Both groups showed significant and similar improvements in LVEF, by 5.8 points in the QLV-guided group and 5.5 points in the anatomy-guided group (both P < .01). That was also true for improvements in scores on the Minnesota Living with Heart Failure Questionnaire, by 17 points and 15.1 points, respectively (both P < .001).

How Consistent With Clinical Trials?

Non-LBBB patients may be passed over for CRT, in part because the major trials didn't emphasize them as a group that would benefit, and the MADIT-CRT trial suggested CRT may increase their mortality, Gold observed.

That finding, he noted, wasn't from a prespecified analysis, and indeed, COMPANION and RAFT were the only major CRT trials to prespecify an analysis of outcomes in non-LBBB patients.

During discussion following his formal ENHANCE CRT presentation, Singh pointed out that the trial included patients in NYHA class III to IV, whereas MADIT-CRT entered patients in milder NYHA class I to II. That makes the latter trial's finding of possible harm in non-LBBB less relevant to the current study.

"I would not make MADIT-CRT conclusive on this, in any way," he said. The question of whether CRT benefits in non-LBBB "is still open," considering its observed positive effects in both arms of the current study.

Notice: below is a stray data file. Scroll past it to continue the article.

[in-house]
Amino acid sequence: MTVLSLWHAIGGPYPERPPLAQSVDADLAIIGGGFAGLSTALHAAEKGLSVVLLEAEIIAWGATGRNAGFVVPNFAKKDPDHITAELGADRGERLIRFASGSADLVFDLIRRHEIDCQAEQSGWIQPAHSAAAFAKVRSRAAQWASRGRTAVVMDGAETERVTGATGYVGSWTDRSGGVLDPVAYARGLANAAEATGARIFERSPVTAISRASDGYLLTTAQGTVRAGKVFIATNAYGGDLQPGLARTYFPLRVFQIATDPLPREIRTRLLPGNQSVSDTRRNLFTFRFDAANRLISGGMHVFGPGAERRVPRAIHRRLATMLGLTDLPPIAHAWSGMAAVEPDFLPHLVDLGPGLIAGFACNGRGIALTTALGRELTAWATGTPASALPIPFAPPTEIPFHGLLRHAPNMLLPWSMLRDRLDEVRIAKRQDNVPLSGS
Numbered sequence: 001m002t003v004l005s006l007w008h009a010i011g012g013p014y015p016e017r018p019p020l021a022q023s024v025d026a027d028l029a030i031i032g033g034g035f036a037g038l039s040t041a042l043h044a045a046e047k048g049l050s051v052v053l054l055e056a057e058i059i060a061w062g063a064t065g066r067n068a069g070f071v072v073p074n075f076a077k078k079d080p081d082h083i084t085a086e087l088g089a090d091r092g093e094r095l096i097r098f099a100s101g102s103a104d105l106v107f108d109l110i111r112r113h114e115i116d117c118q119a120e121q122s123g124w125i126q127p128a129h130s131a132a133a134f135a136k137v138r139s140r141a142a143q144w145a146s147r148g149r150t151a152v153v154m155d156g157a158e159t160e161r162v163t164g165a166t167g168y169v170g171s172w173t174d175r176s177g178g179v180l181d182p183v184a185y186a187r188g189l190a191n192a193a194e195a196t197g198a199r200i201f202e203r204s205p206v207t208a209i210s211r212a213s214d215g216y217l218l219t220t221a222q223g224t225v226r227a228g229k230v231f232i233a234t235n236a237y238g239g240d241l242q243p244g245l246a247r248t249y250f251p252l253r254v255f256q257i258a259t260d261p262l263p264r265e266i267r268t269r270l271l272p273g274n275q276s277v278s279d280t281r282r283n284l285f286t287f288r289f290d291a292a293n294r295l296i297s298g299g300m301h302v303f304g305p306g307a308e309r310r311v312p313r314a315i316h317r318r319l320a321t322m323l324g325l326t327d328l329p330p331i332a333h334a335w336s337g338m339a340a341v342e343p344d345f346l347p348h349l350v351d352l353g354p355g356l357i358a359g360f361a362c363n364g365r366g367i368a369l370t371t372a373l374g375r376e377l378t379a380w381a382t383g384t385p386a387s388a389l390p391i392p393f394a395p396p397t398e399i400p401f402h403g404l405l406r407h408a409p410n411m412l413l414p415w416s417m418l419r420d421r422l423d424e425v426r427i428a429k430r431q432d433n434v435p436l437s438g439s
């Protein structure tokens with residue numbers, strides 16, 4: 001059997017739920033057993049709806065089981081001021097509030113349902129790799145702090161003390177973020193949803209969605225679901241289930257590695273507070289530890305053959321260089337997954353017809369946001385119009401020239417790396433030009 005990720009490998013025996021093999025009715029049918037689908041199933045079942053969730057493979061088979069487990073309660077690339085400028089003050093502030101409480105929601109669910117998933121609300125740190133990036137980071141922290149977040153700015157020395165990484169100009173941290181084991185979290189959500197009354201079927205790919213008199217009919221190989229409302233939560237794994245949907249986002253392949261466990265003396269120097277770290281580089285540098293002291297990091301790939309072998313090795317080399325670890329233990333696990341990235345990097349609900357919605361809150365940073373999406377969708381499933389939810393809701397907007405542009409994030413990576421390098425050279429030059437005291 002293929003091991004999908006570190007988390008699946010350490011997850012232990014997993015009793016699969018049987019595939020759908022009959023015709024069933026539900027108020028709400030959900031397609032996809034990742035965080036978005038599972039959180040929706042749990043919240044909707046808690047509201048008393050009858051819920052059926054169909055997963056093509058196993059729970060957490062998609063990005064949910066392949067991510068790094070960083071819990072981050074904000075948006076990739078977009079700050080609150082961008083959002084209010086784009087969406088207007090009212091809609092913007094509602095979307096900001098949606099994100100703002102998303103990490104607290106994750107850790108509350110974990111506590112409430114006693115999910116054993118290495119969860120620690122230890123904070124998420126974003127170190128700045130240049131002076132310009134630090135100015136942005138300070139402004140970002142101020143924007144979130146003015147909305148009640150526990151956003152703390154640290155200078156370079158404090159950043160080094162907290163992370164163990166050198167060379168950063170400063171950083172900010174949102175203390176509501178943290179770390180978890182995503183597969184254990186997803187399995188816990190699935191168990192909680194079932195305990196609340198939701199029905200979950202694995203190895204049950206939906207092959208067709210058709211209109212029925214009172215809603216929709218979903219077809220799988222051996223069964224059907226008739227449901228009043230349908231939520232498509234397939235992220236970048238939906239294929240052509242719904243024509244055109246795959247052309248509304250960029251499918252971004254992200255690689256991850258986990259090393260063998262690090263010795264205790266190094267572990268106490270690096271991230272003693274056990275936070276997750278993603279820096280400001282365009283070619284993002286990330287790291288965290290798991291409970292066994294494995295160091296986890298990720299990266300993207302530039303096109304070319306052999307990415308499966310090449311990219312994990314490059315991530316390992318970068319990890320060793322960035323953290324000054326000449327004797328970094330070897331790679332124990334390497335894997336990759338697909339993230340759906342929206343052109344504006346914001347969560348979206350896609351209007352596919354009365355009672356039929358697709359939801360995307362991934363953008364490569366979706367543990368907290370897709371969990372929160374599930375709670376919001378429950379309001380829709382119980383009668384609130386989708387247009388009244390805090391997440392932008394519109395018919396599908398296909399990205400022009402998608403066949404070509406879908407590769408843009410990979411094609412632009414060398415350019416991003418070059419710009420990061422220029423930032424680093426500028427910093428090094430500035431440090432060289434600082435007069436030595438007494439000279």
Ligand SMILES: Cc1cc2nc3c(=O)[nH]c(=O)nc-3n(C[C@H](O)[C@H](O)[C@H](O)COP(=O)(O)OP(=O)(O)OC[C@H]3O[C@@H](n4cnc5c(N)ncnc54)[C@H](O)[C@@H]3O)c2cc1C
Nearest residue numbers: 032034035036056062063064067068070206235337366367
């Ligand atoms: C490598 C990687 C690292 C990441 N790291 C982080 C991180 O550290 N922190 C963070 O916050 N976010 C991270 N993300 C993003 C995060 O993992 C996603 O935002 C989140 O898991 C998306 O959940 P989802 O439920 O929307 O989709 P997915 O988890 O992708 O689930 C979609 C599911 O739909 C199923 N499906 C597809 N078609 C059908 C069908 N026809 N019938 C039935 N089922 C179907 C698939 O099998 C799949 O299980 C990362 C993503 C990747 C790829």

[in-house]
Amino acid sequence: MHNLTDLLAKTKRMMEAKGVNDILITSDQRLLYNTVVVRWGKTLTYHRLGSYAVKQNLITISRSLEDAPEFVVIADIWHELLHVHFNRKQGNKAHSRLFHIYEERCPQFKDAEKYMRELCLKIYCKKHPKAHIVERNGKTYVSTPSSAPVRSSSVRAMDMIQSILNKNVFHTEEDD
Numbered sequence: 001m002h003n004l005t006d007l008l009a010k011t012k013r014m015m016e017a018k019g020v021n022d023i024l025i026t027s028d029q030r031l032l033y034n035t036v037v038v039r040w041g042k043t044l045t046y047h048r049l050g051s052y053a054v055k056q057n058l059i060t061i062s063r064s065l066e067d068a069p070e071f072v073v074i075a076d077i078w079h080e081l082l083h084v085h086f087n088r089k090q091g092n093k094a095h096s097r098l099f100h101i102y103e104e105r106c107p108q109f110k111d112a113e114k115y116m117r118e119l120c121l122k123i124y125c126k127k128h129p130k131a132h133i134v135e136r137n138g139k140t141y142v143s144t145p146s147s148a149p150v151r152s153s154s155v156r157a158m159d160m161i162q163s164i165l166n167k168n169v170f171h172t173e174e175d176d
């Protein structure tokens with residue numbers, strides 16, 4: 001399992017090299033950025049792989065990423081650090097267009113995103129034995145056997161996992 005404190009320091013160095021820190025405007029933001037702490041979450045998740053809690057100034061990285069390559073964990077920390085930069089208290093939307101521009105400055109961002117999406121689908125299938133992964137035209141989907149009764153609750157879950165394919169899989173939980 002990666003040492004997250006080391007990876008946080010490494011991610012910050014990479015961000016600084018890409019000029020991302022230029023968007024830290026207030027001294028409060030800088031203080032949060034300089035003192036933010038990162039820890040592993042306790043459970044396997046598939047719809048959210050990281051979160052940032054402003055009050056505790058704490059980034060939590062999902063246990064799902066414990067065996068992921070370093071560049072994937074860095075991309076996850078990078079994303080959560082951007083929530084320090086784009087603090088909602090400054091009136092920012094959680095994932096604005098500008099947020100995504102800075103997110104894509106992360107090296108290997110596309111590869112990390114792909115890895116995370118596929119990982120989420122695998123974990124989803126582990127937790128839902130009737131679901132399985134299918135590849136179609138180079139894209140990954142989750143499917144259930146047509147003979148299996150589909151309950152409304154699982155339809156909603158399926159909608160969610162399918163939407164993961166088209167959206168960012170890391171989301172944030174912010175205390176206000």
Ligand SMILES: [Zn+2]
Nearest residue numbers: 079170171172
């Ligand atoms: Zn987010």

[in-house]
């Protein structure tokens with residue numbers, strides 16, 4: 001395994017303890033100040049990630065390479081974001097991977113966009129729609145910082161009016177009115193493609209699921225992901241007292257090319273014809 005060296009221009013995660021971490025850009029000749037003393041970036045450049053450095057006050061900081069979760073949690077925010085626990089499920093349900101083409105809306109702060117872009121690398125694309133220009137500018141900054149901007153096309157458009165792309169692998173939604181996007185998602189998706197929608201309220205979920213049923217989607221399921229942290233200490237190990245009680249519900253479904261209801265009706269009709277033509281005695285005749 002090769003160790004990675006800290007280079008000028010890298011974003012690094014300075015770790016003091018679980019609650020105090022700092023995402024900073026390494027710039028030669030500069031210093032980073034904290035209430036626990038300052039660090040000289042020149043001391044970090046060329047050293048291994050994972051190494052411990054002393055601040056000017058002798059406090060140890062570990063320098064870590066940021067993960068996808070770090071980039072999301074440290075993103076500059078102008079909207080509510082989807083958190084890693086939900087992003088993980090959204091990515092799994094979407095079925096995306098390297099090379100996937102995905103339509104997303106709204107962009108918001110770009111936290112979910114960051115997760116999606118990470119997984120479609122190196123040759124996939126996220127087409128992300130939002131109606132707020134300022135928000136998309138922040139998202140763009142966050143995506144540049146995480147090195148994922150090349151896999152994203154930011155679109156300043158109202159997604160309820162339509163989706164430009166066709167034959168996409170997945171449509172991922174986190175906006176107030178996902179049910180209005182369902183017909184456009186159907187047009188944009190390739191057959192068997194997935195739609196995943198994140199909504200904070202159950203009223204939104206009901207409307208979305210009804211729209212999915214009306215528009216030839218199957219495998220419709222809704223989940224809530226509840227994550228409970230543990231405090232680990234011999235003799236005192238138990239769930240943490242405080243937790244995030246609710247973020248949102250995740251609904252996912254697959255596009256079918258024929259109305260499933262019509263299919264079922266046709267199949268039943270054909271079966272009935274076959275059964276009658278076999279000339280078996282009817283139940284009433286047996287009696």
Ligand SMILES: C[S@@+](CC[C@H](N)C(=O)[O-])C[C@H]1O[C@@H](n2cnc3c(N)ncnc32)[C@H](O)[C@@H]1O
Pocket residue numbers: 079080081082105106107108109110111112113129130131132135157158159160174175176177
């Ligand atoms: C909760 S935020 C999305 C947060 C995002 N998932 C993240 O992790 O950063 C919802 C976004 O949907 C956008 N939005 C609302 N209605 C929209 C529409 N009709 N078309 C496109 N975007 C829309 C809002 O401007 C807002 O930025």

"I would say we need to reconsider our approach to non-LBBB," he said, and explore whether there might be ways to individualize CRT lead placement even among those patients.

When interviewed, Singh observed that His-bundle pacing may be a promising alternative CRT modality in non-LBBB patients. But he said the underlying myopathy of most such patients may not be ideal for a resynchronization effect from His-bundle pacing.

"The conduction-tissue disease in this population may be more patchy than discrete. As a result of which, if you do His bundle pacing, you may not have the exact uniform response of electrical synchrony as you would expect," he said.

"I'm speculating, but that remains to be seen, and I think having a His-bundle study in this patient population would be very meaningful."

All devices implanted in ENHANCE CRT were from St Jude Medical/Abbott, which sponsored the study. Singh discloses receiving grants or compensation for services from Abbott, Biotronik, Boston Scientific, EBR Systems, Medtronic, Impulse Dynamics USA, and LivaNova. Gold discloses receiving grants or compensation for services from St Jude Medical/Abbott, Boston Scientific, and Medtronic.

Heart Rhythm Society (HRS) 2018 Scientific Sessions. Abstract B-LBCT01-03.  Presented May 10, 2018.